(Reuters) - Barcode printer maker Zebra Technologies Corp said it would buy Motorola Solutions Inc’s enterprise business, which makes rugged mobile computers, tablets and barcode scanners, for $3.45 billion in its biggest deal ever.
The deal will allow Zebra, whose products help companies such as Amazon Inc track inventory and supply chains, to enhance its portfolio through a range of Internet-connected devices.
Zebra’s shares fell 11 percent to $60.77 on the Nasdaq on concerns the company’s borrowings to fund the deal would be as big as its market value of $3.44 billion as of Monday’s close.
Zebra will finance the deal through a combination of $200 million cash on hand and $3.25 billion in debt, comprising a credit facility and issuance of debt securities.
“It’s an aggressive play by Zebra to fortify their position in the entire AIDC (automatic identification and data capture)space,” Northcoast Research analyst Keith Housum said.
“It’s a good long-term play but in the short term, I think it’s going to be challenging,” Housum said, noting the large debt and the fact that the enterprise business has struggled to grow organically in the past two years.
The business, which accounts for about a third of Motorola Solutions’ total revenue, has suffered as clients delay orders and cut spending.
Zebra, however, said it expected the deal to add to earnings immediately after closing at the end of this year.
After the sale, Motorola Solutions will be left with its core government and public safety business. It will also retain its iDEN products portfolio, which is a part of its enterprise business.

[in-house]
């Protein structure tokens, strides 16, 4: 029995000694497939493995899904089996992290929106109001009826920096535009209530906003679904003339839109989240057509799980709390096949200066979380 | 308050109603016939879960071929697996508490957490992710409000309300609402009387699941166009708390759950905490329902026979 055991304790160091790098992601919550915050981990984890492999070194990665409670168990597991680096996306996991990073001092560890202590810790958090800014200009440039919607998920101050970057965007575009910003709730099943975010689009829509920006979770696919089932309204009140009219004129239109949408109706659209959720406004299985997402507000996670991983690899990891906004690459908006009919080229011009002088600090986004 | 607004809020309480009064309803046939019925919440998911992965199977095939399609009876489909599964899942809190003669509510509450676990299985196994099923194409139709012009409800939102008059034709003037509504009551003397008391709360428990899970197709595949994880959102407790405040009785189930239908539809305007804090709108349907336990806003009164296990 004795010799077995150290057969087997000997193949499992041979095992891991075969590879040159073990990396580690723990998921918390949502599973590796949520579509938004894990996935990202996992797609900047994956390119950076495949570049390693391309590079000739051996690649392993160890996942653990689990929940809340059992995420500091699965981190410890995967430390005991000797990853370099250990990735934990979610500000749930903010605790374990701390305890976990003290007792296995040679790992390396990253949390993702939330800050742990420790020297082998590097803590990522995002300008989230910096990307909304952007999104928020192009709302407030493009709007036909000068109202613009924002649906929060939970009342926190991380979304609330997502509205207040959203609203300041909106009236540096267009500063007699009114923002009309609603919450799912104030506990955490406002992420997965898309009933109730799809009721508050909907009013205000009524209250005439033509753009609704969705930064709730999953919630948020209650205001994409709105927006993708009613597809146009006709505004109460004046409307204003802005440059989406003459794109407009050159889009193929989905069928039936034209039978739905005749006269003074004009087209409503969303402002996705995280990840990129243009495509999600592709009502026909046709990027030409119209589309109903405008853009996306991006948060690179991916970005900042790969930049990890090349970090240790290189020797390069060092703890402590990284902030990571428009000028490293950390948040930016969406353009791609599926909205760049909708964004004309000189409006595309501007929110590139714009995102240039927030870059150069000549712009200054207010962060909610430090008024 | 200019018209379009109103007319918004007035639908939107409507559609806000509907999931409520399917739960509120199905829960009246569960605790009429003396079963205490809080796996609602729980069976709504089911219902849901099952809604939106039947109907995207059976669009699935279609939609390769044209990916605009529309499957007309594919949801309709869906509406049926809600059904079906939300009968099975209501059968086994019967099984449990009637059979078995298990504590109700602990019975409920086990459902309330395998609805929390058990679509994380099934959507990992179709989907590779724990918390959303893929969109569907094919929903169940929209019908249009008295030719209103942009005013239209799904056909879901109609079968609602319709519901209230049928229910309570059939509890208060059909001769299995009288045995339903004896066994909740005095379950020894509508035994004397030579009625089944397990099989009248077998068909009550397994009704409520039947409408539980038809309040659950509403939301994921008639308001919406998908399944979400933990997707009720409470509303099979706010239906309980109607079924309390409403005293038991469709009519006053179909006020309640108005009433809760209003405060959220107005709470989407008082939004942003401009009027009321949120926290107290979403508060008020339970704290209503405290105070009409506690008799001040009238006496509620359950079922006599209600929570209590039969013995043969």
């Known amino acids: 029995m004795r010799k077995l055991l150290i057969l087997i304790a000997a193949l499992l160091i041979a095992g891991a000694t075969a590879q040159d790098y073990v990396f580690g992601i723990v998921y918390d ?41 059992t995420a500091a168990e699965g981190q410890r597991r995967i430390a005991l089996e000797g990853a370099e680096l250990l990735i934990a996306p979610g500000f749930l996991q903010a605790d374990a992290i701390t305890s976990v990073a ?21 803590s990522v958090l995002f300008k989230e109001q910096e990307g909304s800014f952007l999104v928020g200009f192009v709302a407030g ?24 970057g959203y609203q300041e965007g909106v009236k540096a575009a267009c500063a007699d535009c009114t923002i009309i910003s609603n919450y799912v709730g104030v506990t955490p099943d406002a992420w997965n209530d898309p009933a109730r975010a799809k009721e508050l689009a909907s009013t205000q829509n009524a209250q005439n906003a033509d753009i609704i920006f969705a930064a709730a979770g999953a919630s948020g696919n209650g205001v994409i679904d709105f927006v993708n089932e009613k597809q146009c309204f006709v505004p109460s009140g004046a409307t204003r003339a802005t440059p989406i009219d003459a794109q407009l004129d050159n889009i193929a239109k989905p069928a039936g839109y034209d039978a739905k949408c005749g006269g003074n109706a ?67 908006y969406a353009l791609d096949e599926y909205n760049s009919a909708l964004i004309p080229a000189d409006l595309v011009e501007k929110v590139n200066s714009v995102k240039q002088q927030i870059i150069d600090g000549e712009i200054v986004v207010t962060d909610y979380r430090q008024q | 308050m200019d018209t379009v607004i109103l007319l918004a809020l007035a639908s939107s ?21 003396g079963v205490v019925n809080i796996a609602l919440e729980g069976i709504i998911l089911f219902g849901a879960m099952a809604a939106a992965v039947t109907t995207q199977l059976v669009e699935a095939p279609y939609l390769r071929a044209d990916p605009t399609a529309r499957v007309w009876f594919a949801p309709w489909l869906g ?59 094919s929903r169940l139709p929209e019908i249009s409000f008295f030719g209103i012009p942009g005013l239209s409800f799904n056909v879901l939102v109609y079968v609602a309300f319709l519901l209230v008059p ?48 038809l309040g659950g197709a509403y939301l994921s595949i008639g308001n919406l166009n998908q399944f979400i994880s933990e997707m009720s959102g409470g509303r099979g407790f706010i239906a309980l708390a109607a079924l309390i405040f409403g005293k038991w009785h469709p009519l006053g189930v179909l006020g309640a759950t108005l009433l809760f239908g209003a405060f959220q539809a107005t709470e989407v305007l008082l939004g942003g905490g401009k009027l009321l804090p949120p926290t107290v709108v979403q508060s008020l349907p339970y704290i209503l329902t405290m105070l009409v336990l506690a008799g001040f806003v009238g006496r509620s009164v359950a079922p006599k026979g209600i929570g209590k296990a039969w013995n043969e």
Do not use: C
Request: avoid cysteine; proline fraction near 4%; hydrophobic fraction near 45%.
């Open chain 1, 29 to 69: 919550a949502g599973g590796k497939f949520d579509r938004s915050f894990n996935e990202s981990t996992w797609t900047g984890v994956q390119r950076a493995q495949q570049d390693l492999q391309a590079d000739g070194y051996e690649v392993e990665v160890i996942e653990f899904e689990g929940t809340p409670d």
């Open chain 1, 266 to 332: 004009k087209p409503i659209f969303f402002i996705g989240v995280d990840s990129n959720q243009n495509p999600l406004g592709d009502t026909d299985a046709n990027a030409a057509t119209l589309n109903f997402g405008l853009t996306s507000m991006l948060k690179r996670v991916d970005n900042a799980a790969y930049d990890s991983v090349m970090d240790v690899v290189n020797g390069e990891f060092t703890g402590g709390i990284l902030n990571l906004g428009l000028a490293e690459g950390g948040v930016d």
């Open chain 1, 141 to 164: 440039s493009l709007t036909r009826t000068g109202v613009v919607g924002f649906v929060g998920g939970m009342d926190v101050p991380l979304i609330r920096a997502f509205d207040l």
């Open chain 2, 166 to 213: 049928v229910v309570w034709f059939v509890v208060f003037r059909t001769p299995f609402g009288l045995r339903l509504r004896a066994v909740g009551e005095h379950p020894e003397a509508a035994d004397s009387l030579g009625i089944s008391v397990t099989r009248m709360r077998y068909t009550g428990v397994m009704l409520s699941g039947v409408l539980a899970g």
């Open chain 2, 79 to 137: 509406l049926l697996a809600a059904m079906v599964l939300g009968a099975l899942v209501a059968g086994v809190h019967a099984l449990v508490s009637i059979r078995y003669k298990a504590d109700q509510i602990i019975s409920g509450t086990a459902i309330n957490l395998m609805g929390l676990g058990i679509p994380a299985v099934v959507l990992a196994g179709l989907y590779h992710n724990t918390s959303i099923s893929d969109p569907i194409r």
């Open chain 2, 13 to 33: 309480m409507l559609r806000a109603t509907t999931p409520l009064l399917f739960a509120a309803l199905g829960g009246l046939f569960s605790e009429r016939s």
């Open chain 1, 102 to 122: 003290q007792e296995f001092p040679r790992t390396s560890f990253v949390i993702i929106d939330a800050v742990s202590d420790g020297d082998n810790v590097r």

“Upon closing of the transaction, we intend to return the proceeds to our shareholders in a timely fashion,” Motorola Solutions Chief Executive Greg Brown said in a statement.
Morgan Stanley, the financial adviser to Zebra, is providing a financing commitment for the debt.
Goldman, Sachs & Co and JP Morgan Securities LLC are Motorola Solutions’ financial advisers.
About 4,500 Motorola Solutions’ employees will join Zebra’s workforce of about 2,600 as of January 25.
Zebra’s rivals in its printing business include Hewlett-Packard, Epson and Lexmark, while Ubisense and AeroScout are among its competitors in the location tracking products business.
In October, Zebra launched Zatar, a Web-based software that allows companies to deploy and manage devices and sensors connected to the Internet, also called the "internet of things." (link.reuters.com/tyn58v)
Zebra acquired Hart Systems, which provides Web-based inventory management software to the retail industry, in December.
Global merger and acquisition activity has surged this year, mainly in the technology industry. Deals worth about $618.4 billion have been completed, with a third of those in the technology, media and telecom sector, according to Thomson Reuters data.
Motorola Solutions estimated its quarterly results below analysts’ expectations, saying volumes in its North America government business were lower than expected and some orders in its enterprise business were delayed.
The company estimated an adjusted profit of 50 cents per share and sales of about $1.8 billion for the first quarter ended March.
Analysts on average were expecting a profit of 51 cents per share on revenue of $1.88 billion, according to Thomson Reuters I/B/E/S.
Motorola Solutions’ shares were down 1.3 percent at $62.92 in afternoon trading on the New York Stock Exchange.
Zebra estimated an adjusted profit of 88-91 cents per share and sales of $287 million-$289 million for the first quarter.
Analysts on average were expecting adjusted earnings of 83 cents per share on sales of $281.6 million.
Both Motorola Solutions and Zebra are scheduled to report their results in May.
Additional reporting by Soham Chatterjee and Patturaja Murugaboopathy in Bangalore; Editing by Kirti Pandey